Stillington Forest Park is accessed via the village of Stillington, west of the A177 between Stockton and Sedgefield. If arriving by car, park in the public car park in front of the impressive St John’s Church and the entrance is via a sculptured metal gateway in front of the church. The nearest bus stop is in the village outside of William Cassidi Primary School and details of bus times and numbers can be obtained from the public transport hotline (01642 444777). Once in the park, there is a very good network of informal pathways that will allow you to explore every part of the area and take in its different habitats. The latter include wetland (with open water and marginal vegetation), developing woodland, hedgerow, wildflower meadow and scrub. Most of the paths are suitable for wheelchairs, though there are one or two steeper sections. There is no visitor centre or toilets on site.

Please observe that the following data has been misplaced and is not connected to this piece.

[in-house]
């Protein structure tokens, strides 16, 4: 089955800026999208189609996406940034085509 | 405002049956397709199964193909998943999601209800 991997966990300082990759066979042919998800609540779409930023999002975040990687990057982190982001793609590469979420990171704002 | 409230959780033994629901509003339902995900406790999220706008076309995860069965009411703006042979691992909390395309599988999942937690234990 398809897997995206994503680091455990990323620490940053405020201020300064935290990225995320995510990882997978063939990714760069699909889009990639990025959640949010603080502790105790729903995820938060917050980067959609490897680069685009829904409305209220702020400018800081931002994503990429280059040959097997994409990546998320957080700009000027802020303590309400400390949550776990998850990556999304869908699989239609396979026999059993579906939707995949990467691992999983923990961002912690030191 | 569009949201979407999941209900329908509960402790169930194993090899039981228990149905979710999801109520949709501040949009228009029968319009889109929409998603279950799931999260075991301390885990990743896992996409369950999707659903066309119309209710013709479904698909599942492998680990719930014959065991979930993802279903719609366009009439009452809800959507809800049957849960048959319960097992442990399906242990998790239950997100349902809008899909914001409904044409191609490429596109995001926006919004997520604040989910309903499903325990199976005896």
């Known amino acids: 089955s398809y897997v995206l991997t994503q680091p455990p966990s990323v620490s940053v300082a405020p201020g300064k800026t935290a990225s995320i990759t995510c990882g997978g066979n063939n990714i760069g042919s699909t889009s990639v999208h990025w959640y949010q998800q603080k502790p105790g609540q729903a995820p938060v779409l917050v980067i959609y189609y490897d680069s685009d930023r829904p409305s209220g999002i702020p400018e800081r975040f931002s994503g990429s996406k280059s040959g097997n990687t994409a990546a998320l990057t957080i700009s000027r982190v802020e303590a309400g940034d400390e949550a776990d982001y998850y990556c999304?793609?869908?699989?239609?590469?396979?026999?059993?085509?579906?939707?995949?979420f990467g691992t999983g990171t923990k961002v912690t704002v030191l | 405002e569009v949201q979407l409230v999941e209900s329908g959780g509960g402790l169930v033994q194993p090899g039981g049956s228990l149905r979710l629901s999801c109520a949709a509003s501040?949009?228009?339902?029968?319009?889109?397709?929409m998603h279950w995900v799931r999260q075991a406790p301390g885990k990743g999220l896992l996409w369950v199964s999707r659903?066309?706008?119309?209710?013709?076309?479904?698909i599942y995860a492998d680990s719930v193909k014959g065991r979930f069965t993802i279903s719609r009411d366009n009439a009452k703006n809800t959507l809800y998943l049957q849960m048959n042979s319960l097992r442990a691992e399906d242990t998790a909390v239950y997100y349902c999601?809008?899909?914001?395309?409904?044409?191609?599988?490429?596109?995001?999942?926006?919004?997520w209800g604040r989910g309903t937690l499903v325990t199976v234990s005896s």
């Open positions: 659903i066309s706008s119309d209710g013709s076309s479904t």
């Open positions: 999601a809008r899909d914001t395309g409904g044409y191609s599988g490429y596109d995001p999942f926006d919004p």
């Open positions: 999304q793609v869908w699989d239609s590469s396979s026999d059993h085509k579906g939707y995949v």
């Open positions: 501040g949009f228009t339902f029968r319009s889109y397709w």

If you can, the best strategy is to visit the park during quiet times, preferably during the week and reasonably early in the morning, if possible. The site is a favourite with local dog-walkers and children (who fish here) particularly at weekends, so try to avoid these periods, although you will encounter birds at any time.

BIRDS

Since its reclamation, Stillington Forest Park has developed into a good area for birds, partly due to the diversity of habitats and partly to its rural setting, with adjacent farmland, hedgerows and watercourses. The area is almost certainly under-watched, so any visit will add further to our knowledge of the bird life it supports whatever the time of the year.